Rob Schmidt, Publisher, Blue Corn Comics, will speak at the Comic Arts Conference in San Diego on Friday, July 21, at 10:30 am. The conference, part of the annual Comic-Con International, presents in-depth explorations of comic book issues. Schmidt's topic will be Culture and Comics Need Multicultural Perspective."
Schmidt promises a hard-hitting talk sure to upset some listeners. "I'll discuss how today's mainstream comics showcase America's John-Wayne mentality," Schmidt says, "how they lack the rich perspective of Native Americans and other minorities. And how they're losing business because of it."
Schmidt has explored these topics before, in print and online. The results have been controversial. "People will look desperately for faux minority characters—e.g., Daredevil as a disabled superhero—or try to equate Hercules, the Lone Ranger, and Superman with the Coyote trickster," says Schmidt. "They're unwilling to admit most superheroes are WASPs and most are hit-now, ask-questions-later vigilantes."
"Since the audience will be mostly European in background," Schmidt adds, primarily in jest, "I hope they don't tar and feather me." For more information, call (619) 544-9555 or visit http://www.comic-con.org online.
Schmidt is also scheduled to lead a workshop at the American Indian Cultural Expo in Los Angeles on Sunday, August 20. This Expo, a new event, will be part of the Fourth Annual Unity Powwow at the annual African Marketplace in Rancho Cienega Park. It will explore American Indian history, genealogy, and literature as well as contemporary issues.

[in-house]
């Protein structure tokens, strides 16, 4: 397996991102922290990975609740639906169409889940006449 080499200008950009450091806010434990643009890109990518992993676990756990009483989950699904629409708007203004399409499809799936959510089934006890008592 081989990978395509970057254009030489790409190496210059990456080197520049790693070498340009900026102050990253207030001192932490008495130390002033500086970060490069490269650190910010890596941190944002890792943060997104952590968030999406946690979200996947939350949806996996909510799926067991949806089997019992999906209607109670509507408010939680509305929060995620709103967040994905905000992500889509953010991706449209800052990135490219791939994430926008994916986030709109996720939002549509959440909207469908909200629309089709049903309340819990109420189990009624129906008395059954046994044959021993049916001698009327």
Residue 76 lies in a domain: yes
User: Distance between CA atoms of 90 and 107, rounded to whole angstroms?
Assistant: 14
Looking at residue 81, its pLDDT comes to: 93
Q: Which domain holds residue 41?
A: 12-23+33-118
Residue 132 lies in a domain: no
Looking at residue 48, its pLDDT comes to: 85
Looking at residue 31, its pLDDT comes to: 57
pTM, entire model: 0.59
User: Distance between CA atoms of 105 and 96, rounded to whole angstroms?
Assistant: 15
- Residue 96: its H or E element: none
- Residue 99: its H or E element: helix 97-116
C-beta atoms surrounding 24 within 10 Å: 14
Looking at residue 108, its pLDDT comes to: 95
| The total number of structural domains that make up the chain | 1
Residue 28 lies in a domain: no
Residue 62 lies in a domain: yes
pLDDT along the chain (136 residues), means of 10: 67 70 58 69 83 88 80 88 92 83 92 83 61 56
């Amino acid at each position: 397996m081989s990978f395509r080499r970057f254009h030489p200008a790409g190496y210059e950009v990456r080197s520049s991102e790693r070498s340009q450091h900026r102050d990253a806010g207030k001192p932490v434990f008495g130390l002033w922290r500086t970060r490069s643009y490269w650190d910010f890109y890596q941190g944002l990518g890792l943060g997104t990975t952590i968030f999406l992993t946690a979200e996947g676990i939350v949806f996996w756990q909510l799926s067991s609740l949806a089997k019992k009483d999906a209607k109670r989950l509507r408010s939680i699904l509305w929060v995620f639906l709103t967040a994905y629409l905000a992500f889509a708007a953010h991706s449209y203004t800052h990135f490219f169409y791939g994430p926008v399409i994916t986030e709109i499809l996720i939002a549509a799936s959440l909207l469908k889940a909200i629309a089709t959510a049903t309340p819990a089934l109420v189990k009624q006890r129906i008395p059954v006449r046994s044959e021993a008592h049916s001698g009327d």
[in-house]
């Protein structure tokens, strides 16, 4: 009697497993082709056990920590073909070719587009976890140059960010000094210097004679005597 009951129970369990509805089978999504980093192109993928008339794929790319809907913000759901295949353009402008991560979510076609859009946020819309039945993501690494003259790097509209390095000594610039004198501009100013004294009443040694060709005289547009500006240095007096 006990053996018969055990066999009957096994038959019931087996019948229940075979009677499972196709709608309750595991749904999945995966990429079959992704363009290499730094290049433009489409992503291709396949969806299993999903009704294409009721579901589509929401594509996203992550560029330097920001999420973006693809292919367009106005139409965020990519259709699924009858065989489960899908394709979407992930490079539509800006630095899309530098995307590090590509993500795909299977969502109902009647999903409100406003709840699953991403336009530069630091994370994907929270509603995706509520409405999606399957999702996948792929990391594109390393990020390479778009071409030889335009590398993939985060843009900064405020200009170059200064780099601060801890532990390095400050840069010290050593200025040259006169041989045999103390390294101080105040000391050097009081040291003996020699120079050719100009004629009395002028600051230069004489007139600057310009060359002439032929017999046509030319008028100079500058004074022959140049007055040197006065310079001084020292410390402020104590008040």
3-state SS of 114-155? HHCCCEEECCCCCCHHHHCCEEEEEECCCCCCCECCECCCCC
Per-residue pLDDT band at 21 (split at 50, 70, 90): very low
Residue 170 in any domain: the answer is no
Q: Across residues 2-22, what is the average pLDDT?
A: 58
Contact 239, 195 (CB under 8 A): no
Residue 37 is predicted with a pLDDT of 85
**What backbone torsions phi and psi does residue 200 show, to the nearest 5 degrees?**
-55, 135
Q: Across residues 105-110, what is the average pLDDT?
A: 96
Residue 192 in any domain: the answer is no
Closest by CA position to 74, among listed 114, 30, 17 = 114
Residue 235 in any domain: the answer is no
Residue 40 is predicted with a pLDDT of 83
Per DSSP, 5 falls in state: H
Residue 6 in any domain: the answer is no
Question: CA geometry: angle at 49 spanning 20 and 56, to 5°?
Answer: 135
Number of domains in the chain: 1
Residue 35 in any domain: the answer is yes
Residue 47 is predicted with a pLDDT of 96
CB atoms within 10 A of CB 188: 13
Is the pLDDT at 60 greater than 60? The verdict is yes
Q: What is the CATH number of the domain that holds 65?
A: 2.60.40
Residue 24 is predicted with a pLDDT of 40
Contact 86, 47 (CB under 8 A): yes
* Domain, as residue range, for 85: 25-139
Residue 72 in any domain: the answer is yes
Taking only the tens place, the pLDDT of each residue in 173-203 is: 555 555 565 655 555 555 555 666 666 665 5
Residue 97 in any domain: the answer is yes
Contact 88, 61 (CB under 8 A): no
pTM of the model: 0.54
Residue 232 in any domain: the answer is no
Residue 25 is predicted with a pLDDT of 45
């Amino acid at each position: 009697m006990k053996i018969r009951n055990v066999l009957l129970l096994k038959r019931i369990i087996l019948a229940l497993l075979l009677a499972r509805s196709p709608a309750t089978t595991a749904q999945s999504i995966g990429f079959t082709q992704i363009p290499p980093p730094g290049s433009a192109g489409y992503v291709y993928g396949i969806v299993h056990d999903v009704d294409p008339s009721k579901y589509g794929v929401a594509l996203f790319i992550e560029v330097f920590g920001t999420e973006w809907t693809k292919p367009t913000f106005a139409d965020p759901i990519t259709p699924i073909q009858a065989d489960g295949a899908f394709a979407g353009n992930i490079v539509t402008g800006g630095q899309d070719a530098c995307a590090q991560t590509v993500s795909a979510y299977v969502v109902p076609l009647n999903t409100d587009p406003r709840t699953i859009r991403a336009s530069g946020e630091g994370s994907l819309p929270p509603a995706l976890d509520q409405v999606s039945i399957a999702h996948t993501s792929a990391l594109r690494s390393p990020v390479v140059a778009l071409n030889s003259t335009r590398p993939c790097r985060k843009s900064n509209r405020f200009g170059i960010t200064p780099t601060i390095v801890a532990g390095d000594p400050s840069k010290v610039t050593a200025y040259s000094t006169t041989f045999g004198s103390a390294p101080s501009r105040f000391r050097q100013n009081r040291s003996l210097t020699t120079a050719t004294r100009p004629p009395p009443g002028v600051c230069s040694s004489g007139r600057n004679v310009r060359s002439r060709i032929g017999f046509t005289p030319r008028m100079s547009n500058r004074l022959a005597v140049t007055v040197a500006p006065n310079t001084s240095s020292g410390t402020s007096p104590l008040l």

Schmidt's topic will be "Teepees and Tonto: Recognizing Native American Stereotypes." He'll go beyond the obvious mistakes—the Chief Wahoos and Indians in feather bonnets—to explore the subtle and insidious ways Americans stereotype minorities. The workshop should be entertaining and instructive.
As examples, says Schmidt, "consider how Native American superheroes, even if they're culturally accurate, are usually aggressive warriors. Or how Indians find themselves associated with 'wild and free' products such as Jeep Cherokees and Indian Motorcycles. Or how children's toys still include Eskimos among sets of animals."
For more information on the Unity Powwow and American Indian Cultural Expo, call (323) 295-9133 or visit it online.
Schmidt's original version of "Culture and Comics Need Multicultural Perspective" was published on various websites in 1999. The 2000 version of this essay is available at http://www.bluecorncomics.com/ccnmp00.htm. A follow-up essay titled Do Superheroes Reflect Society? is slated to debut in Just Comics & More magazine this fall.
Schmidt's views regularly appear in his Indian Comics Irregular newsletter. The newsletter is available through his website, at Egroups.com, and in Web-based newsgroups and mailing lists. He also tracks Native American stereotypes in his Stereotype of the Month contest.
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